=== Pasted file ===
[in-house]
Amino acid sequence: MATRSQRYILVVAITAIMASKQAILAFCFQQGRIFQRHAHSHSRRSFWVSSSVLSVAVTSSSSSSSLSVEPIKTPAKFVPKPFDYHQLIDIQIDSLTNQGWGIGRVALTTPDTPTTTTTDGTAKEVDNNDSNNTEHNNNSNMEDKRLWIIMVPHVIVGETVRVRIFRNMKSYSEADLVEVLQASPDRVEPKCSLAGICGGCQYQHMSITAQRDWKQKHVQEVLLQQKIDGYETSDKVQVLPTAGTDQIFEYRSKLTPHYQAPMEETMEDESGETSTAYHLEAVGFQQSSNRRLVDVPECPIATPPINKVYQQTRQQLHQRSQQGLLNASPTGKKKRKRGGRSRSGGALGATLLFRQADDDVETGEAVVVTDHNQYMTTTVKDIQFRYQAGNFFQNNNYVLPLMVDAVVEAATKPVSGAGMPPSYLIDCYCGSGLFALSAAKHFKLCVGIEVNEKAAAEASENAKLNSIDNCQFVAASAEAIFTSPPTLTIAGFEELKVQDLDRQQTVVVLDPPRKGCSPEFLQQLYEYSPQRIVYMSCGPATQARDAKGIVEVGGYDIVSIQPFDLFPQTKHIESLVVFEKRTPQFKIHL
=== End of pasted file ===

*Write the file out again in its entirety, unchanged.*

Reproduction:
[in-house]
Amino acid sequence: MATRSQRYILVVAITAIMASKQAILAFCFQQGRIFQRHAHSHSRRSFWVSSSVLSVAVTSSSSSSSLSVEPIKTPAKFVPKPFDYHQLIDIQIDSLTNQGWGIGRVALTTPDTPTTTTTDGTAKEVDNNDSNNTEHNNNSNMEDKRLWIIMVPHVIVGETVRVRIFRNMKSYSEADLVEVLQASPDRVEPKCSLAGICGGCQYQHMSITAQRDWKQKHVQEVLLQQKIDGYETSDKVQVLPTAGTDQIFEYRSKLTPHYQAPMEETMEDESGETSTAYHLEAVGFQQSSNRRLVDVPECPIATPPINKVYQQTRQQLHQRSQQGLLNASPTGKKKRKRGGRSRSGGALGATLLFRQADDDVETGEAVVVTDHNQYMTTTVKDIQFRYQAGNFFQNNNYVLPLMVDAVVEAATKPVSGAGMPPSYLIDCYCGSGLFALSAAKHFKLCVGIEVNEKAAAEASENAKLNSIDNCQFVAASAEAIFTSPPTLTIAGFEELKVQDLDRQQTVVVLDPPRKGCSPEFLQQLYEYSPQRIVYMSCGPATQARDAKGIVEVGGYDIVSIQPFDLFPQTKHIESLVVFEKRTPQFKIHL